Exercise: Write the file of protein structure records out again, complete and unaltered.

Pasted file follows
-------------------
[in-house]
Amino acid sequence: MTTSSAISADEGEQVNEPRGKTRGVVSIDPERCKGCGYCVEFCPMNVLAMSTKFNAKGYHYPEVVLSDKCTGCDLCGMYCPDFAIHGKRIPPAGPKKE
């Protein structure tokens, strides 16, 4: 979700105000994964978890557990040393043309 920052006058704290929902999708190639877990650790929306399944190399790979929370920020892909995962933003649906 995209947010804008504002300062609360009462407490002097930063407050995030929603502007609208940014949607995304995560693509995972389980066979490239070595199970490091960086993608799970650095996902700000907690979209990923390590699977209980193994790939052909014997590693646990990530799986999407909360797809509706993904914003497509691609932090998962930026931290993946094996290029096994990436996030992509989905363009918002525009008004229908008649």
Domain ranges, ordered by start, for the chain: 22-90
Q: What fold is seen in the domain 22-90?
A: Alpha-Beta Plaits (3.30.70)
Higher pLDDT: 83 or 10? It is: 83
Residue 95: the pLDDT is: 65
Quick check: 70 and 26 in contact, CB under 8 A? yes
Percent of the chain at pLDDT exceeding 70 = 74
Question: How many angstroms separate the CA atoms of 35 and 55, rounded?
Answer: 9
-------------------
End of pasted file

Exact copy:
[in-house]
Amino acid sequence: MTTSSAISADEGEQVNEPRGKTRGVVSIDPERCKGCGYCVEFCPMNVLAMSTKFNAKGYHYPEVVLSDKCTGCDLCGMYCPDFAIHGKRIPPAGPKKE
């Protein structure tokens, strides 16, 4: 979700105000994964978890557990040393043309 920052006058704290929902999708190639877990650790929306399944190399790979929370920020892909995962933003649906 995209947010804008504002300062609360009462407490002097930063407050995030929603502007609208940014949607995304995560693509995972389980066979490239070595199970490091960086993608799970650095996902700000907690979209990923390590699977209980193994790939052909014997590693646990990530799986999407909360797809509706993904914003497509691609932090998962930026931290993946094996290029096994990436996030992509989905363009918002525009008004229908008649």
Domain ranges, ordered by start, for the chain: 22-90
Q: What fold is seen in the domain 22-90?
A: Alpha-Beta Plaits (3.30.70)
Higher pLDDT: 83 or 10? It is: 83
Residue 95: the pLDDT is: 65
Quick check: 70 and 26 in contact, CB under 8 A? yes
Percent of the chain at pLDDT exceeding 70 = 74
Question: How many angstroms separate the CA atoms of 35 and 55, rounded?
Answer: 9